A Valentine STEM Challenge: Catapults and Candy for 5 Red
Last Friday, fifth grade students on the Red Team learned a great deal about force, motion, and structure as they worked in teams of three to meet the challenge of building a catapult that could launch a piece of Valentine candy further than any of the other catapults in the room.
Prior to our STEM challenge of the day, the students were given very little information other than to answer the following questions: What does a catapult do? What is a projectile? How does a catapult work? What type of simple machine is it (inclined plane, lever, pulley, wedge, screw or wheel and axle?) How do you know?
After being grouped into teams of three, the students were given the task of designing their catapult and choosing which materials they wished to use from the following list: up to ten large and/or small craft sticks, one clothespin, one binder clip, one plastic spoon and six rubber bands.
As the students designed, they were instructed to keep in mind the following points – What is your design goal? How much force will your design require for a successful launch? What angle launches the projectile the furthest? After the initial catapults were constructed, students took to the hallway to test them. They tried different projectiles that included small and large candy conversation hearts; gummy hearts; and large, sugar-coated marshmallow hearts.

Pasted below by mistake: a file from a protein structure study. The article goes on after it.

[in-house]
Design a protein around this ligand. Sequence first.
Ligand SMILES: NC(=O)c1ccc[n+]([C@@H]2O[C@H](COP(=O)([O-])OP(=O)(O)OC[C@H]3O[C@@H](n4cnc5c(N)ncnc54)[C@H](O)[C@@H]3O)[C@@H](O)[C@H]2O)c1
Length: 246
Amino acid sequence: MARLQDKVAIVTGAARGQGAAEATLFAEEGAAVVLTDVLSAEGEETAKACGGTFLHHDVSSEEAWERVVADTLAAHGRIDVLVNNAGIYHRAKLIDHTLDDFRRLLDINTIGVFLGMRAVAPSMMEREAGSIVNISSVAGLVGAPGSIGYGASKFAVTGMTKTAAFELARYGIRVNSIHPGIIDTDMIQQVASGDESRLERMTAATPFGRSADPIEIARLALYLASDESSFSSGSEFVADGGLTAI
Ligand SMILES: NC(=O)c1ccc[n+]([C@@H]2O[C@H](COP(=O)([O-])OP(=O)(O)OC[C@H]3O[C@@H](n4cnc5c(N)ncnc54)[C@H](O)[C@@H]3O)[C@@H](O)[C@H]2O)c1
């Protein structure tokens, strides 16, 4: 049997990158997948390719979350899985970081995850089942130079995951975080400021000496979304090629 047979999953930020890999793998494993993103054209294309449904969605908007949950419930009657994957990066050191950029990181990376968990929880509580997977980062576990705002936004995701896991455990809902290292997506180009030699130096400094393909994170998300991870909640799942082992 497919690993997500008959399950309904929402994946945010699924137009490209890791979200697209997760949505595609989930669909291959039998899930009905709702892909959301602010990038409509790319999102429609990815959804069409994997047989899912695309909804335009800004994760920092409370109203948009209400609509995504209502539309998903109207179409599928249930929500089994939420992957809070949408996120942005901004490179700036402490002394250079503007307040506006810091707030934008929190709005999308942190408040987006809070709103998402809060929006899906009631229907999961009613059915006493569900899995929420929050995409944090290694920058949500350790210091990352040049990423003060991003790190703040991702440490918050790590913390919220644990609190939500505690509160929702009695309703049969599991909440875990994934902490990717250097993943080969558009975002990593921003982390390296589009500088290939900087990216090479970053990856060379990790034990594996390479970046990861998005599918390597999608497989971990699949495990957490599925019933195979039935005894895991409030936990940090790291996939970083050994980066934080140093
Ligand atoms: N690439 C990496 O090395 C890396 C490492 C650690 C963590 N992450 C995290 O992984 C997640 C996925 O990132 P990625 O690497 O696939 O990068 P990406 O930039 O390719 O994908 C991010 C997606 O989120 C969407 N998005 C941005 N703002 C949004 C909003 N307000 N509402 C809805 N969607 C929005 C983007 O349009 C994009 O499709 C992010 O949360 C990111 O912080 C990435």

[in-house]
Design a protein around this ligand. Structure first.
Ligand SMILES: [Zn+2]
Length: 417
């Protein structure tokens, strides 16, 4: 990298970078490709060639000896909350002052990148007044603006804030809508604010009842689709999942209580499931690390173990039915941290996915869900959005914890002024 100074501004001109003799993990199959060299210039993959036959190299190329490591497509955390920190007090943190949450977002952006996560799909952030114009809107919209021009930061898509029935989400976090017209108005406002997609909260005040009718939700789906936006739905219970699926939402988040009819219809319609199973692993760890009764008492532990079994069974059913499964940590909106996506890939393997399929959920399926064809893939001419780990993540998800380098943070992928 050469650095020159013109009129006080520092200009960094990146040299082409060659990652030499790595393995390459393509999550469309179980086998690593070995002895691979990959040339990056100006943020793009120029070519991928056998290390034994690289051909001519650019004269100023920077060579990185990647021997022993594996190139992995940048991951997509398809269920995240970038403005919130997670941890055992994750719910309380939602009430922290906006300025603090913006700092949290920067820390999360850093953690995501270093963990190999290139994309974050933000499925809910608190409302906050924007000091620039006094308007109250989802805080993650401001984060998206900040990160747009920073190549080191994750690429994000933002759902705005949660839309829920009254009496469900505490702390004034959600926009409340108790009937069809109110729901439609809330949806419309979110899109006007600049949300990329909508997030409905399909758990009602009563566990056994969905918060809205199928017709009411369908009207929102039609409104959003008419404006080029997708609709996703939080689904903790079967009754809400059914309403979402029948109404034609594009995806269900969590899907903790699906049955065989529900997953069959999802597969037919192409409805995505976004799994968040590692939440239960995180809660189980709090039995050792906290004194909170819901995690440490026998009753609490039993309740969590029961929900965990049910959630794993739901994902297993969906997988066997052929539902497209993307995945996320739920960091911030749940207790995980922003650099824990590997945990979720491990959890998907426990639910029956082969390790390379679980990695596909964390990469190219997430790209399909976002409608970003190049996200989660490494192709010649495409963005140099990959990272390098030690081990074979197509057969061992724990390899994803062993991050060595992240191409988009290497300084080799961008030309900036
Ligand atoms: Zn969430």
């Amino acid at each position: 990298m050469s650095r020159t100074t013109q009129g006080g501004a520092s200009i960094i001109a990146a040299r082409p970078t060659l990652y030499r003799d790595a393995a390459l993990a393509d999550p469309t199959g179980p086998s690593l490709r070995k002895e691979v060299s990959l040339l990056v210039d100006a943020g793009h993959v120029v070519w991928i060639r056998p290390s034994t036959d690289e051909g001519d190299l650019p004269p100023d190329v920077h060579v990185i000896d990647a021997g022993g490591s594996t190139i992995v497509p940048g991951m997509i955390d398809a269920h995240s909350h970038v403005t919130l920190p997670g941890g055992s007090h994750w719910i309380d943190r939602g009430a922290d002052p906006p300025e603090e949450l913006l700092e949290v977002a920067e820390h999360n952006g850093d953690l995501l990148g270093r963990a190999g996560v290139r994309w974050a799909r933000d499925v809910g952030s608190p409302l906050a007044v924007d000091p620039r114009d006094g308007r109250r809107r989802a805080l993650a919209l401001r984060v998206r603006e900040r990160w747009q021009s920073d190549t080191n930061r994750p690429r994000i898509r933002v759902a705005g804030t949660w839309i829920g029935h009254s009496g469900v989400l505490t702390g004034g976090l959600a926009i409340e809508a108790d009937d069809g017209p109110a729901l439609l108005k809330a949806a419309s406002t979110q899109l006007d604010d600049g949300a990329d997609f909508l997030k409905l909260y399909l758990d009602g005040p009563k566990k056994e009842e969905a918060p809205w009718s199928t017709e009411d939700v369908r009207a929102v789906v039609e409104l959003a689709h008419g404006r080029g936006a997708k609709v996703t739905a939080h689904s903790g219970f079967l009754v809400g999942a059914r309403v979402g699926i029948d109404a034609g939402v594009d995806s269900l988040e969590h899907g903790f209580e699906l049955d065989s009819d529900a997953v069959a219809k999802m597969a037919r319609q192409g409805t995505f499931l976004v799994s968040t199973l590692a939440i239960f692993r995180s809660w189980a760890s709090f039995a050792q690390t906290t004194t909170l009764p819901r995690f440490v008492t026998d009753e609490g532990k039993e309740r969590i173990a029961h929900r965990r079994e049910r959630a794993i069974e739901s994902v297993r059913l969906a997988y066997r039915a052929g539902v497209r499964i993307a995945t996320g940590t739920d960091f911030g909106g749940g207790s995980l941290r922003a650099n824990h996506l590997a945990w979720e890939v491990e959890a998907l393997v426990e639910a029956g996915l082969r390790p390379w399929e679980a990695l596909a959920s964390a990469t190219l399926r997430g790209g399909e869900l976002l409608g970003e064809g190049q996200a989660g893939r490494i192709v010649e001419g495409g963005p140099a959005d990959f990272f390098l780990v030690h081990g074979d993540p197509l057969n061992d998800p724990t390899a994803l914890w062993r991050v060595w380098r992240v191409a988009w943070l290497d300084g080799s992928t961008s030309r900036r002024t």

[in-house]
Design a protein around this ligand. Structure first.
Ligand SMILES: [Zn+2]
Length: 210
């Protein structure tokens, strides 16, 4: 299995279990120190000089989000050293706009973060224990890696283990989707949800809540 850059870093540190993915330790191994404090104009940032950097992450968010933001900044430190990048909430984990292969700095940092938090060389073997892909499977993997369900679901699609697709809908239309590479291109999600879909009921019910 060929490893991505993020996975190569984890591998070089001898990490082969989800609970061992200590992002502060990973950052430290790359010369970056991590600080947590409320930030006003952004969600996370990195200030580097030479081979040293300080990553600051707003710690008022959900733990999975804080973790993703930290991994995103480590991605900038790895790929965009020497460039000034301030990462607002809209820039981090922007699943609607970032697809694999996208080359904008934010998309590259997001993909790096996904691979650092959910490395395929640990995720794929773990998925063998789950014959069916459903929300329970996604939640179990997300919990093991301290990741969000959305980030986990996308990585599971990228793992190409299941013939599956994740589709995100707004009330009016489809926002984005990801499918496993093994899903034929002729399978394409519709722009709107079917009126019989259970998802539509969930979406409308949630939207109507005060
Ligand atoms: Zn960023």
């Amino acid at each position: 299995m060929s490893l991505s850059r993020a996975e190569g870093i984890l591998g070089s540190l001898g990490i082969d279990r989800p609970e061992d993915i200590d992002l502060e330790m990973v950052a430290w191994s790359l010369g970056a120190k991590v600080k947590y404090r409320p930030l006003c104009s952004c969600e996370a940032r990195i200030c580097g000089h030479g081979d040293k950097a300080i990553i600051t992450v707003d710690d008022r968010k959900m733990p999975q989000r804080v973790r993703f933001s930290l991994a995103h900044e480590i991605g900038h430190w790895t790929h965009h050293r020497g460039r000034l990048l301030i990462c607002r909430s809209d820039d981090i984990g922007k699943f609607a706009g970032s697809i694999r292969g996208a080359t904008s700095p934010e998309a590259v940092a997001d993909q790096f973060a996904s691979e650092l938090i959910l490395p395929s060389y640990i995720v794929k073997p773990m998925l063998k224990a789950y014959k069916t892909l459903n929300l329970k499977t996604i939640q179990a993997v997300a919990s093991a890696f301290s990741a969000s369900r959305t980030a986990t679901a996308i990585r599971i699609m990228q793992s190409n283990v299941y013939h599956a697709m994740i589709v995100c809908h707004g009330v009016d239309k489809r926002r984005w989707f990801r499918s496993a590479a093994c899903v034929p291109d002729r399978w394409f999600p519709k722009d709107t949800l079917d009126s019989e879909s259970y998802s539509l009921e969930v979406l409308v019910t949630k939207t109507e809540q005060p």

After each launch, students collected data to help them notice patterns and make changes in their design. They quickly learned that the weight and mass of the objects launched made a difference. They all loved the large marshmallow, but no one could get it to launch further than 12 inches while some of the smaller candies sailed well over 20 feet and often even hit the ceiling!
For safety, there was a very strict rule making sure the projectiles were never launched when anyone, even a teammate, was in front of the projectile.
If a high level of engagement is the path to learning at higher levels, then we believe STEM education just may be the best route to take! Students have a whole new idea of what engineers do and were very eager to stretch their thinking to create a working design.
A very challenging and fun day today! We’re really looking forward to our next school-wide STEM day this Spring!